The United States may very well owe a crushing $20 trillion by 2020. And thus President Obama last week named a bipartisan commission to find ways to address our national debt.
Such a Periclean response might sound sincere and worthwhile. But it comes 13 months into this administration and only after Obama added nearly $1.5 trillion in new borrowing in 2009. And by the time the new deficit commission submits its recommendations at the end of this year, the current 2010 budget will have put us out another $1.5 trillion.
The president not that long ago ran on the theme of fiscal sobriety. During the 2008 campaign, he took advantage of the public anger over the Bush deficits that had climbed to an aggregate of $2.5 trillion over eight years. Now, though, he looks to trump Bush's eight-year record of red ink in his first two years.
Obama also just invited the Republican opposition to a summit at the White House to iron out differences over his stalled health-care legislation. Such a "let bygones, be bygones" group discussion likewise sounds like a good idea given the climbing cost of health insurance and the millions who cannot afford it.
But the problem again is that such outreach comes too little too late more than a year after Obama began his unilateral effort to have the government assume much of the nation's health-care system. A year ago with a supermajority in the Senate and basking in the swell of the November 2008 election Obama didn't worry much over the lack of Republican input.
Instead, in partisan mode, he issued a series of deadlines for his party to ram through his own preferred reforms first by the August 2009 vacation, then by the Thanksgiving recess, then by the Christmas break, and so on.
A couple of fence-sitting Democratic legislators, who alone could block passage, were to be bought off with awards of multimillion-dollar earmarks. Meanwhile, the president himself reportedly ridiculed angry tea party protestors as "the teabag, anti-government people." He, it appeared, did not worry too much about the opposition.
Recently, a petulant Obama blasted Washington partisan politics, the media and congressional inaction. In his January State of the Union address, Obama deplored "the partisanship and the shouting and the pettiness" by "politicians (who) tear each other down instead of lifting this country up" and "TV pundits (who) reduce serious debates into silly arguments."
Other administration supporters lamented the Republican resort to the filibuster.
But once again, 13 months ago, the upbeat president had little bad to say about one-party governance, pundits and politics. And there was no criticism of the filibuster which in early 2009 was considered irrelevant anyway, given Obama's supermajority in the Senate.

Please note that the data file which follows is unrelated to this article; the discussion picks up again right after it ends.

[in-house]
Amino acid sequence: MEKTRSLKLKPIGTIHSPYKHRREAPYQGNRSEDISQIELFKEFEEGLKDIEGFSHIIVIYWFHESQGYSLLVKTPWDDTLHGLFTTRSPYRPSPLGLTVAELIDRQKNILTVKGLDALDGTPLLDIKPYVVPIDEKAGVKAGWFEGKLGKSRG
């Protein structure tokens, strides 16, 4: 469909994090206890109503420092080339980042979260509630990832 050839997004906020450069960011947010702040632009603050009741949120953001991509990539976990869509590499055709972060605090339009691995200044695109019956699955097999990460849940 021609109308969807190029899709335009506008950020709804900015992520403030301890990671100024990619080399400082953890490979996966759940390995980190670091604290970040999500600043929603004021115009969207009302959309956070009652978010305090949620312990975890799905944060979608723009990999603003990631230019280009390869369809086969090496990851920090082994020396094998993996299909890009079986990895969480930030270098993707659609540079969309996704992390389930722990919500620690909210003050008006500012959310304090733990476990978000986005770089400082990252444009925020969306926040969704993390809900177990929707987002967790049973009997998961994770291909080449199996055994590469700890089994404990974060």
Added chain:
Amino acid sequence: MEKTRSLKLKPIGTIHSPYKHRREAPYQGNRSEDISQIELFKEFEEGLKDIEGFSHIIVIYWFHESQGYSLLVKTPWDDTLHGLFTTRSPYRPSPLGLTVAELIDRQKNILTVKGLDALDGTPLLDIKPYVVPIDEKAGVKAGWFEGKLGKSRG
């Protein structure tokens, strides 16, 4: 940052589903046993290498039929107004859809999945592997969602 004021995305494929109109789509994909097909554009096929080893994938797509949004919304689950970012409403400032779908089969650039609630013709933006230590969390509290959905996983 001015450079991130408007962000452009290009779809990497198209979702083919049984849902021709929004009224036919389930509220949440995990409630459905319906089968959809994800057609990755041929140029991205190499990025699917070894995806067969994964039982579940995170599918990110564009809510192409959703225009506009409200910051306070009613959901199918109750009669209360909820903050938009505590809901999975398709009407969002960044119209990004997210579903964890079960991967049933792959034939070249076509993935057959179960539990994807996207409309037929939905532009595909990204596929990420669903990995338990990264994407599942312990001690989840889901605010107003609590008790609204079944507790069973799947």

So what's behind Obama sudden embrace of statesmanship?
A year ago, a newly elected President Obama enjoyed a 68 percent public approval rating. There were substantial Democratic majorities in both houses of the Congress. Presidential press conferences were little more than media lovefests. Apparently there was no need to reach out, when a bold, new liberal agenda for the country seemed a sure thing.
But now? Obama consistently polls below 50 percent. The Senate supermajority was lost with the stunning win of Republican Scott Brown in liberal Massachusetts. A grassroots conservative tea-party movement helped put Republican governors in Virginia and New Jersey. And polls show that the November 2010 elections might result in the largest Democratic setback in a generation, with possible losses of both houses of Congress.
Pundits of both parties now fault Obama's style of governance. Public protests express disapproval over out-of-control federal spending and borrowing, and the idea of state-run health care.
So fairly or not, it seems like a panicked President Obama is abruptly scrambling to do what he should have done over a year ago.
But the problem is that a now jaded public believes that Obama is changing both course and tone not because he wants to for the country, but because he is forced to for his own survival.
In other words, the "hope and change" of last year's messiah has devolved into this year's "whatever it takes" of a cynic.
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Victor Davis Hanson, a classicist and military historian, is a senior fellow at the Hoover Institution and a recipient of the 2007 National Humanities Medal. Comment by clicking here.